BirdWatching

Exhilarating challenges

The howling wind out of the northeast was at once haunting and comforting, a familiar reminder that late-spring weather along the Mid-Atlantic seaboard could soothe one day and threaten the next. Blanketing the overnight darkness with an envelope of sound, the volatile currents were nature’s cargo carriers for all forms of life from microbes to birds, large and small.

The next day, with the winds still brisk and sunrays dancing on the blue water’s sparkling surface, an Osprey presented itself with startling surprise, hitting the lake with a wallop.

I was familiar with the Nor’easter’s habit of delivering Ospreys and other birds of all kinds to the lake, but this time, distracted by my fixation on finding a pair of hawks that were displaced from a nearby haunt by the storm, I was unprepared for the raptor’s initial dive and impact and missed the photo.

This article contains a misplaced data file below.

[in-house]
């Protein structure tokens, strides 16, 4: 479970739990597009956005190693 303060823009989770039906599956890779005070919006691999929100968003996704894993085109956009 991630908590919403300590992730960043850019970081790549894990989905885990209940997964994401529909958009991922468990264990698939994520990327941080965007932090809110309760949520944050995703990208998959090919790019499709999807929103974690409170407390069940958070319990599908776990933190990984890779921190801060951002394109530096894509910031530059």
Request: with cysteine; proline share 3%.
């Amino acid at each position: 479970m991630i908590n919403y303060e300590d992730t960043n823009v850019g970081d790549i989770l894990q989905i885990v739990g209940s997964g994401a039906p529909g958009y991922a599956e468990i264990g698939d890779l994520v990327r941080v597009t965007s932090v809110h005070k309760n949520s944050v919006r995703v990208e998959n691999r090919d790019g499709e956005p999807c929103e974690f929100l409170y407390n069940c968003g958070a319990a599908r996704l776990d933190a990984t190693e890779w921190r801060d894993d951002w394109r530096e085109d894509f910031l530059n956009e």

For several weeks prior, I’d closely followed the exploits of a pair of Red-tailed Hawks as they worked and played on two sides of a

Stai leggendo un'anteprima, registrati per continuare a leggere.

Altro da BirdWatching

BirdWatching4 min letti
Short-eared Owl
In the popular imagination, owls are often regarded as denizens of dense and spooky woods, hiding by day and hooting it up in the darkest night. The Short-eared Owl breaks all of these norms. It lives in wide-open spaces — fields, marshes, tundra — a
BirdWatching2 min letti
Out Of Range
Eh? What’s that you say, little bird? My saddest moment as a birder was when, about 10 years ago, I saw a Golden-crowned Kinglet singing. The bird was only about 10 feet away as I watched its tiny body vibrate with sound as it opened and closed its b
BirdWatching1 min letti
To Catch A Warbler
Before a warbler takes to the sky with a tiny geolocator, researchers must catch it, and that is not always easy. Just ask Hankyu Kim, who is completing his Ph.D. dissertation at Oregon State University examining the routes, behaviors, and habitats o